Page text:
Wherever the Lakers travel around the nation (and around the globe), there are always some Lakers fans in the crowd. Even in rivalry cities like Boston. Or Utah.
And those fans are as frustrated with the Lakers 1-4 start as the people in Los Angeles. And some handle their anger just about as well — a Lakers fan in Salt Lake City Wednesday night sprayed a Jazz fan with pepper spray outside the Energy Solutions Arena, reports the Salt Lake Tribune.
This pillar of humanity in a Lakers jersey was talking crap about the Jazz and the game inside the arena and even challenged the Jazz fans to a fight. So, they got tossed from the arena. These guys hung around outside the arena so they could continue the fight, the paper reports.
The Lakers’ fans spotted the Jazz fans standing on the corner of 100 South and 400 West and started trash talking again.
At that point, one of the Lakers’ fans pulled out pepper spray fogger and let loose with it, police said.
Idiot. (And while Lakers fans can be annoying, let’s not pretend all Lakers fans are idiots like this guy.)
If you travel to see your team in a hostile arena, you have to expect some people to talk smack. If your team sucks right now and gets is butt kicked, you need to accept it (within reason). Let’s put it this way: If you get kicked out of an arena you’ve got a problem, if you hang around outside the building to keep the fight going so you can pepper spray people who root for another basketball team, you should seek help. No, seriously, seek help. This isn’t normal.
Come on Lakers fans, try to handle a rough patch with a little class. It’s not too much to ask.
While Lakers fans are still trying to talk themselves into Mike Brown being a good fit as the Los Angeles coach, his former players are trying to tell them the franchise is in good hands.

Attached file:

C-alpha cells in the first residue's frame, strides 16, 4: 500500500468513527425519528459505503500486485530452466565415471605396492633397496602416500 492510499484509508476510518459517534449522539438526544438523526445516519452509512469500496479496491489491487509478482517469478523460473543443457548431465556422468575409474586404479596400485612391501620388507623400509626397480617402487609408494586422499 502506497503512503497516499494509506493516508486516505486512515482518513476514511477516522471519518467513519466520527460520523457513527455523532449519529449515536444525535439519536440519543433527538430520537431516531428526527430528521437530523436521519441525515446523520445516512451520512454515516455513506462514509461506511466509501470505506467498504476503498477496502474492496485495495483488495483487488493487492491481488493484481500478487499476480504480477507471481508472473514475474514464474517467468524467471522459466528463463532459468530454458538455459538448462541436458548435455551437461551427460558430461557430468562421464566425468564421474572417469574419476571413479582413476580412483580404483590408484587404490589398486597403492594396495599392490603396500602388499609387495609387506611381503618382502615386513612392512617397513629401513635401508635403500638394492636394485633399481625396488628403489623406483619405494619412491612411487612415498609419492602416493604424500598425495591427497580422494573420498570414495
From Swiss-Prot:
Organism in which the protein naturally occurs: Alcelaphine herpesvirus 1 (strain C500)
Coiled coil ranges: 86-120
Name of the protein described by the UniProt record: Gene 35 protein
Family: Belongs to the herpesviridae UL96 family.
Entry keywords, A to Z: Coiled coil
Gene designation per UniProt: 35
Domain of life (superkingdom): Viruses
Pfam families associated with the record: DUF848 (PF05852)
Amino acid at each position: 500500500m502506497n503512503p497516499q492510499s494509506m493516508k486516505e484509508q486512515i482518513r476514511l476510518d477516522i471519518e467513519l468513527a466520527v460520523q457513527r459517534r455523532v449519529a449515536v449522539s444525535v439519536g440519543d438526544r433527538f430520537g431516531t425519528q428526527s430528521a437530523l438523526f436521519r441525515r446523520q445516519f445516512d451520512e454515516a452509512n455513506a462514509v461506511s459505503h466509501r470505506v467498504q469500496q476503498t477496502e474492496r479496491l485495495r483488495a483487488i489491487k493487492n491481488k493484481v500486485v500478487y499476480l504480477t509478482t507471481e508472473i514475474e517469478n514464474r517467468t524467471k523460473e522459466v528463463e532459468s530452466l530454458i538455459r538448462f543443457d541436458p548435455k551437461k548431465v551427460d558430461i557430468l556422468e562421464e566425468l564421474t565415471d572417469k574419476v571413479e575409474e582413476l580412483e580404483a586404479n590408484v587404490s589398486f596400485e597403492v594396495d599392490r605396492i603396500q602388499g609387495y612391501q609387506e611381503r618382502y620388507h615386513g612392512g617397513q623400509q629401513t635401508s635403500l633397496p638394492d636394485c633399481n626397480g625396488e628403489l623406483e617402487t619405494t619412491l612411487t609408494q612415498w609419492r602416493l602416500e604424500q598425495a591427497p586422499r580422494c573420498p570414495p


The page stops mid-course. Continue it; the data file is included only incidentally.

This is what he said to NBA.com.
“If it’s true, when it’s official,” James said, “I think the Lakers got them a great coach.”
“Mike Brown was a great coach,” James said. “He gave us success that we hadn’t had before in that city. And it started with his defensive concepts. He brought in a defensive mind set that we didn’t have.”
“We were competitive year after year because of his coaching. So I respect him and I’m grateful to have had him as a coach throughout the years that I had him. He definitely helped me become who I am today.”
Mo Williams — who was ticked when Mike Brown got fired and tweeted plenty about it — went back to twitter today.
Congrats to mike brown… Lakers won’t be sorry for that hiring
Lakers fans may not be convinced.
But on the bright side, they now have a coach that is not going to sit quietly on the sidelines during games.
We told you that the Lakers are the worst fans in the NBA.
Well, that’s what GQ said, actually. We’re not so sure. We don’t remember the Lakers needing to do a “Fan Up” campaign like in Miami. Or having the general level of disinterest seen in Atlanta. Or… well, you get the idea.
Ron Artest interacts with the fan base more than any other Laker and admitted the L.A. fans may be a little different — and he was classic Artest about it, as quoted by Brian Kamenetzky at the ESPN’s Land O’ Lakers blog.